agro-ecological (1)

I talk a lot about the knowledge era. I specialize in the measurement, management and monetization of knowledge intangibles. I wrote a book on intangible capital. So what I am about to say shouldn’t be that big a surprise to me but it kind of is….

Technology is not as important as it used to be.

If you think about it, technology and top-down industrial models still dominate our thinking. When we industrialized our economy, we industrialized everything from agriculture to education to government to manufacturing.

I have written before about how the shift from the industrial era is coming at a time when there are new constraints on our global economy. Externalities like energy use/mis-use, pollution, health are all represent (at the same time)nbsp; problems, opportunities and design constraints. The failure of the industrial model to address these new constraints and the potential of new models to address them is fueling the shift to the knowledge economy.

Of course, the shift has been driven by the rise of a new kind of technology: information technology and brain power.

In today’s Boston Globe, there is a great opinion piece that exemplifies what is going on.

World hunger is best treated with local growers and crops was written on the occasion of UN World Food Day on Sunday. It explains that the conversations about solutions to world hunger often go immediately to “ways to increase the food supply with purchased technologies”nbsp; that use chemicals and carbon-intensive solutions to food production.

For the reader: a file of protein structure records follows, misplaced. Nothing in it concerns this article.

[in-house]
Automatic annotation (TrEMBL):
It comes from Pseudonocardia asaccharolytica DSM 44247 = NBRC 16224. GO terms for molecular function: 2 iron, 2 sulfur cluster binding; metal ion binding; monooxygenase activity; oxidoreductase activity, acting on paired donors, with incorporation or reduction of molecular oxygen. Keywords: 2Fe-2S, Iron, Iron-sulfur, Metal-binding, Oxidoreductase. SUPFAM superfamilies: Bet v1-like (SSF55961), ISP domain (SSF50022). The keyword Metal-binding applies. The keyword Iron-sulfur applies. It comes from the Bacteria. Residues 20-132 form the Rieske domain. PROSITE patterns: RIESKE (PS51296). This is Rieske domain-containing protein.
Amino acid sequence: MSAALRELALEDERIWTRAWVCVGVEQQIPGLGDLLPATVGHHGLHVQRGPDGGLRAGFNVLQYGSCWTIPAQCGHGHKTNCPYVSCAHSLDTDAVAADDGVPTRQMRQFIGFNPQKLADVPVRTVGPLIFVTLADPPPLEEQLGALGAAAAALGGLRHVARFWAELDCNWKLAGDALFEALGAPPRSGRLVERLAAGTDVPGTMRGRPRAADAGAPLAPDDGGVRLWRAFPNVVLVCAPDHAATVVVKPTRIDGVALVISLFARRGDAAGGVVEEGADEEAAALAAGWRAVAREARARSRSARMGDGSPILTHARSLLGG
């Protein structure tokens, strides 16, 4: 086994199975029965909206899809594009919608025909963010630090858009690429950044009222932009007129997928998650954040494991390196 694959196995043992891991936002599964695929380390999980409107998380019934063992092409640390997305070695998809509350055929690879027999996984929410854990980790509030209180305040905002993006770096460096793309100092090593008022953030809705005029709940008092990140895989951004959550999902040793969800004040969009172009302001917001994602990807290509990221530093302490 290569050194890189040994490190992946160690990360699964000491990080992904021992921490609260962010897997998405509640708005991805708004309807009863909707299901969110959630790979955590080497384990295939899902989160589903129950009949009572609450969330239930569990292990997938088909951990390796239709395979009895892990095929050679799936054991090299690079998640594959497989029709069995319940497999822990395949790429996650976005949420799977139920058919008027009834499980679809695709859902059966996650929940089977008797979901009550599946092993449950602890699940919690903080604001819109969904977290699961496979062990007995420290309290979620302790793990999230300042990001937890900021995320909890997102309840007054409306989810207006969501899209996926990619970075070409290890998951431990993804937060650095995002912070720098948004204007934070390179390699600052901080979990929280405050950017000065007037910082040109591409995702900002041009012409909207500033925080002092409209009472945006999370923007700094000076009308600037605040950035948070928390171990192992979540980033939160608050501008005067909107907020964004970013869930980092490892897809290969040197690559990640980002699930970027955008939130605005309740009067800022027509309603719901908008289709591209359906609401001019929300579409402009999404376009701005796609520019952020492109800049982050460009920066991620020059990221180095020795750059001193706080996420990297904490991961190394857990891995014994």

This won’t be sustainable to improve the yields of the “half-billion small-farm families that still grow 70% of the world’s food.”

The alternative suggested is agro-ecological approaches that use local seeds, build healthy soil and conserve water. Finding the right approaches in individual communities solves the challenges of both hunger and greenhouse emissions (the article quotes GRAIN magazine’s estimate the agro-ecological approaches could offset as much as a third of global greenhouse gas emissions within 50 years).

Lest you think that this is only about the third world, read How the U.S. Curbs Farm Work. It's basically the same message.  That U.S. agricultural policies promote "industrialized and chemical intensive" production. And that

Ecologically based food systems should become the United State' overarching goal. Such a shift would invariably employ larger numbers of people while providing safer, more appealing jobs. It would also create safer, tastier, more nutritious food...

As with many knowledge-era solutions, these conversations are about bottom-up empowerment, not top-down control. It’s a way of solving problems using brainpower, training and teaching rather than large-scale production using expensive technologies and inputs brought in from outside a community. It’s just another set of examples of how our basic assumptions about the answers to our problems must be questioned.

This kind of thinking is very disruptive to existing economic and business models. Many businesses will fail in the face of this thinking. But many more will prosper. Which one will you be?

And when will you start treating knowledge intangibles as the key infrastructure of your own business?

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